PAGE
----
Poirier's French teammate Nicolas Batum, who played with Walker in Charlotte over the last four years, dealt out some praise of the rookie center after France beat Australia for the FIBA bronze medal. 

"This guy, I think, just started basketball 5 years ago, so he's had a special career," Batum told John Schumann. "His energy was great. We can't count on Rudy (Gobert) every game... He was huge. He wasn't scared by Bogut & Baynes... He was amazing tonight."

France knocked the U.S. out of the knockout round by besting them in the quarterfinals. Poirier didn't play in that game, but has played a big role for France behind All-Star big man Rudy Gobert. 

"It's clear that he's a center that can block shots and control the paint," Batum said. "He's a terrific roller, can really catch a lob, and obviously has a lot of energy. It's a good pick-up for Boston, for sure."

The Celtics responded to Horford's departure and trading Baynes to Phoneix by signing Poirier and Enes Kanter to join Theis and Robert Williams at the center spot. Boston will probably have to solve their hole at that position by committee, but if Poirier can play consistent defense, rebound and protect the paint as Batum describes, he could earn himself backup minutes behind Kanter. 

Either way, it should be an interesting training camp to say the least for this new-look Celtics team. 

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One lesson each Celtics player can take away from World Cup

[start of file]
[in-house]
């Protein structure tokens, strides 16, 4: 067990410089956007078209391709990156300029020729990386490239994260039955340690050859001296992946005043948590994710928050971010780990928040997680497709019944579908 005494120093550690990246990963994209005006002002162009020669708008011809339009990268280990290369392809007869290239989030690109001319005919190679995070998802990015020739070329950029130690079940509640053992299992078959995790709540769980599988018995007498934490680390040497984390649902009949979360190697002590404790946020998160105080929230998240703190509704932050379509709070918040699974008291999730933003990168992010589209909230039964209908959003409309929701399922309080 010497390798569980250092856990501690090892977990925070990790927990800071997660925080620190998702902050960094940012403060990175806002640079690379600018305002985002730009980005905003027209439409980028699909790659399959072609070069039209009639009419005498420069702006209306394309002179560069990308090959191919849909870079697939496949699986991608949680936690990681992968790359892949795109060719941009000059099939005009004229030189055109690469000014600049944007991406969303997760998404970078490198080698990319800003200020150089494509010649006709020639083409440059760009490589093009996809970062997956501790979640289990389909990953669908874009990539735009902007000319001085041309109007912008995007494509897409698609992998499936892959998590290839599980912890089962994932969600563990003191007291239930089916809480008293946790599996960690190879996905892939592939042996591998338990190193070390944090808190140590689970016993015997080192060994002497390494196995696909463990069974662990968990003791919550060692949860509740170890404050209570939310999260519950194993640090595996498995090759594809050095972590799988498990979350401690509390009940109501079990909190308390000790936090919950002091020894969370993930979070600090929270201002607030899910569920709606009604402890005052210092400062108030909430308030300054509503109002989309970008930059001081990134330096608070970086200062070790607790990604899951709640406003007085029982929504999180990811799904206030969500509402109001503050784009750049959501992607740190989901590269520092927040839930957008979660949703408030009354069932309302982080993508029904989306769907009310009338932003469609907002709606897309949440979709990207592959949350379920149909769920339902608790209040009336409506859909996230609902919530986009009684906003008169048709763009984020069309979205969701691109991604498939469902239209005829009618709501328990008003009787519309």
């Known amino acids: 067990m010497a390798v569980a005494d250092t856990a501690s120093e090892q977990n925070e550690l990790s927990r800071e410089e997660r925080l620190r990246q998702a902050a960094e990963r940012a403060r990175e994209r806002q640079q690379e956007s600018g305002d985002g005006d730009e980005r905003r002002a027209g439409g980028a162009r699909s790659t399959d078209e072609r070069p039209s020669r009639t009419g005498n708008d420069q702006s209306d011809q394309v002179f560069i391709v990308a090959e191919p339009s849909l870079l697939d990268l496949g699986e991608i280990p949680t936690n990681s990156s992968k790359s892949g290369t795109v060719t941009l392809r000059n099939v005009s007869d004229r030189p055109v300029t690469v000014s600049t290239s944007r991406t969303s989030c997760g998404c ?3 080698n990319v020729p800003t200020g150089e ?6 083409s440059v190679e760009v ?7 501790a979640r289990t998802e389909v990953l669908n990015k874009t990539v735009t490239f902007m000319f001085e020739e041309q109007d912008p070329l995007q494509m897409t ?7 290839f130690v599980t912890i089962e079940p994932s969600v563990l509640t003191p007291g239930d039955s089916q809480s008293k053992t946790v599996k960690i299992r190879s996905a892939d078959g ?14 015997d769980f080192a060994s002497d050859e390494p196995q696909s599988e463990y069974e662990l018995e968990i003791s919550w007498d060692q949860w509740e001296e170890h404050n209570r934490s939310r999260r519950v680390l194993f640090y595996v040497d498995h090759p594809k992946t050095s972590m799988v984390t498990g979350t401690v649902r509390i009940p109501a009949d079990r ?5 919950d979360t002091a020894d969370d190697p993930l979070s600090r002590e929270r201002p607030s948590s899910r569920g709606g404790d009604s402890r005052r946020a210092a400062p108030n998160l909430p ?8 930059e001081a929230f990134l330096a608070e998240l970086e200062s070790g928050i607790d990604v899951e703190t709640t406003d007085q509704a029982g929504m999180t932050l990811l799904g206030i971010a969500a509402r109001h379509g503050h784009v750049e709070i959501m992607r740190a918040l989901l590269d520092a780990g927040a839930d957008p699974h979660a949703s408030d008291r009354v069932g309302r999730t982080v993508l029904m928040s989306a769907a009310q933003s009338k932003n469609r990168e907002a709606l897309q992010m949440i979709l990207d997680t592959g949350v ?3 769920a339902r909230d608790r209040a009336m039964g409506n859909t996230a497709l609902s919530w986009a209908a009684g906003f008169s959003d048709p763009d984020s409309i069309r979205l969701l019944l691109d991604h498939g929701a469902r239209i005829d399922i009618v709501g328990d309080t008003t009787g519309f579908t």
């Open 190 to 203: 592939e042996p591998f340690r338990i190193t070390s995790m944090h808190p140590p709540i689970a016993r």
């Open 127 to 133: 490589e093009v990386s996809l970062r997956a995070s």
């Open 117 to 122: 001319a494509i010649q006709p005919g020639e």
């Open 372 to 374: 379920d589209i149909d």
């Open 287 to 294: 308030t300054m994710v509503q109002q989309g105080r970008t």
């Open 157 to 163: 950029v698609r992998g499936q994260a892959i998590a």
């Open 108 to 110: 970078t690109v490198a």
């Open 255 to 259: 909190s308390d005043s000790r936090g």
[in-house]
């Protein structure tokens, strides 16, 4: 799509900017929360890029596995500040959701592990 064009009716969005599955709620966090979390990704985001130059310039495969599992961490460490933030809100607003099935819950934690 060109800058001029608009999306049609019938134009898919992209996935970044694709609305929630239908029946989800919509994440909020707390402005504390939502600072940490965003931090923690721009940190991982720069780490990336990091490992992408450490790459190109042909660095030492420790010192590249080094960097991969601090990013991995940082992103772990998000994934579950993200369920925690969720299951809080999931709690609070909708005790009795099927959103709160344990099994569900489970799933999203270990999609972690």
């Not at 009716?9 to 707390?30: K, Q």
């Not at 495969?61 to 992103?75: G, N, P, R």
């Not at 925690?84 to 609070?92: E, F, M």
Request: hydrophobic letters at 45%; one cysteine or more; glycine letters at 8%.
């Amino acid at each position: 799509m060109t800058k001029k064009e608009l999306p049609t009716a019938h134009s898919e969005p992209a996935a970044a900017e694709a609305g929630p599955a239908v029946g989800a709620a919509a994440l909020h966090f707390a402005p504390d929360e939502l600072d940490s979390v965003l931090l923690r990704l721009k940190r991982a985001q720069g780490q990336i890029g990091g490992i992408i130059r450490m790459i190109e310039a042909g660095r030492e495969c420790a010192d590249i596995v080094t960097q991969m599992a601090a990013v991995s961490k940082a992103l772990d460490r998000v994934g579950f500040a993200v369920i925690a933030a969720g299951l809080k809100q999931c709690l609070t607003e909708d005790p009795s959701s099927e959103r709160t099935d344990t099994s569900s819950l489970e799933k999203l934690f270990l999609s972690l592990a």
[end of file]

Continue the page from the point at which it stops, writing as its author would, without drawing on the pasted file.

File photos

One lesson each Celtics player can take away from World Cup

Team Shamrock’s FIBA adventures ended with a whimper Saturday as — under the cloak of East Coast darkness — three of the four Celtics on Team USA logged DNPs (eight points for Jaylen Brown) while the Americans claimed seventh place with an 87-74 win over Poland. Combine that with the fact that Daniel Theis got limited reps with Germany’s early exit and Daniel Poirier hasn’t played big minutes while backing up Rudy Gobert for France and the World Cup experience wasn’t quite as robust as it could have been for the six Celtics players involved.

Still, there were positives to pluck and experiences gained by everyone involved, not the least of which is that a third of Boston’s roster will show up to camp on Oct. 1 in game-ready shape. Still, regardless of Team USA’s medal-less finish and the limited reps for Theis and Poirier, there’s at least one item or lesson that every player can bring with them into the new season.